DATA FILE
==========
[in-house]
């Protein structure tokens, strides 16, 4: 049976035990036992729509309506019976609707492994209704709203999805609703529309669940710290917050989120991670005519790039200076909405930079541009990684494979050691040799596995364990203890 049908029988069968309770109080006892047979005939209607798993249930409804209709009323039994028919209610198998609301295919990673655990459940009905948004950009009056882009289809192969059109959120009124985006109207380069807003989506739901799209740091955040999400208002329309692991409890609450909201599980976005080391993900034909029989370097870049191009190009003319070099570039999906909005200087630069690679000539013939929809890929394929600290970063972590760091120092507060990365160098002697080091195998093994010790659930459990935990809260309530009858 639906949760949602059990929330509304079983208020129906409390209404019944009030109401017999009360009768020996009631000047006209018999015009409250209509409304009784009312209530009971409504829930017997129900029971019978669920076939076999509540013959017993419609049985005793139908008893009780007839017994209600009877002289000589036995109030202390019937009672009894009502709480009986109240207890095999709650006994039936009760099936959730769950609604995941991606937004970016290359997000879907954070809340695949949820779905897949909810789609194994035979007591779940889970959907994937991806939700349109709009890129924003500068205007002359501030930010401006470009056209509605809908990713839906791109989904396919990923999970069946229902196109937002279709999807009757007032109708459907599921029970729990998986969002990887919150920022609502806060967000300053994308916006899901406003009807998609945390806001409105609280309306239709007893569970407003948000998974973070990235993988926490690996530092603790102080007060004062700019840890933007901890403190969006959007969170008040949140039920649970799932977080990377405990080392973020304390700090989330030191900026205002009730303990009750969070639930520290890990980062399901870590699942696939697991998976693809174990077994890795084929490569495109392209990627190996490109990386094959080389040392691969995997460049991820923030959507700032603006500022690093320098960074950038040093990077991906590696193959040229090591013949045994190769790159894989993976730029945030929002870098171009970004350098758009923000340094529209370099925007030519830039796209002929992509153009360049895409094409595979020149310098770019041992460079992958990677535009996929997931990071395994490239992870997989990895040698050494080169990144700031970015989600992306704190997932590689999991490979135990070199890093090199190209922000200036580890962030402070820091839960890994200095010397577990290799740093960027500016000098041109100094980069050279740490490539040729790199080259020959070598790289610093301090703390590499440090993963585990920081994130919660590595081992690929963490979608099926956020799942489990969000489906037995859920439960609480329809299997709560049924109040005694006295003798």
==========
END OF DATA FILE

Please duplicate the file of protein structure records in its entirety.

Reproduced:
[in-house]
């Protein structure tokens, strides 16, 4: 049976035990036992729509309506019976609707492994209704709203999805609703529309669940710290917050989120991670005519790039200076909405930079541009990684494979050691040799596995364990203890 049908029988069968309770109080006892047979005939209607798993249930409804209709009323039994028919209610198998609301295919990673655990459940009905948004950009009056882009289809192969059109959120009124985006109207380069807003989506739901799209740091955040999400208002329309692991409890609450909201599980976005080391993900034909029989370097870049191009190009003319070099570039999906909005200087630069690679000539013939929809890929394929600290970063972590760091120092507060990365160098002697080091195998093994010790659930459990935990809260309530009858 639906949760949602059990929330509304079983208020129906409390209404019944009030109401017999009360009768020996009631000047006209018999015009409250209509409304009784009312209530009971409504829930017997129900029971019978669920076939076999509540013959017993419609049985005793139908008893009780007839017994209600009877002289000589036995109030202390019937009672009894009502709480009986109240207890095999709650006994039936009760099936959730769950609604995941991606937004970016290359997000879907954070809340695949949820779905897949909810789609194994035979007591779940889970959907994937991806939700349109709009890129924003500068205007002359501030930010401006470009056209509605809908990713839906791109989904396919990923999970069946229902196109937002279709999807009757007032109708459907599921029970729990998986969002990887919150920022609502806060967000300053994308916006899901406003009807998609945390806001409105609280309306239709007893569970407003948000998974973070990235993988926490690996530092603790102080007060004062700019840890933007901890403190969006959007969170008040949140039920649970799932977080990377405990080392973020304390700090989330030191900026205002009730303990009750969070639930520290890990980062399901870590699942696939697991998976693809174990077994890795084929490569495109392209990627190996490109990386094959080389040392691969995997460049991820923030959507700032603006500022690093320098960074950038040093990077991906590696193959040229090591013949045994190769790159894989993976730029945030929002870098171009970004350098758009923000340094529209370099925007030519830039796209002929992509153009360049895409094409595979020149310098770019041992460079992958990677535009996929997931990071395994490239992870997989990895040698050494080169990144700031970015989600992306704190997932590689999991490979135990070199890093090199190209922000200036580890962030402070820091839960890994200095010397577990290799740093960027500016000098041109100094980069050279740490490539040729790199080259020959070598790289610093301090703390590499440090993963585990920081994130919660590595081992690929963490979608099926956020799942489990969000489906037995859920439960609480329809299997709560049924109040005694006295003798």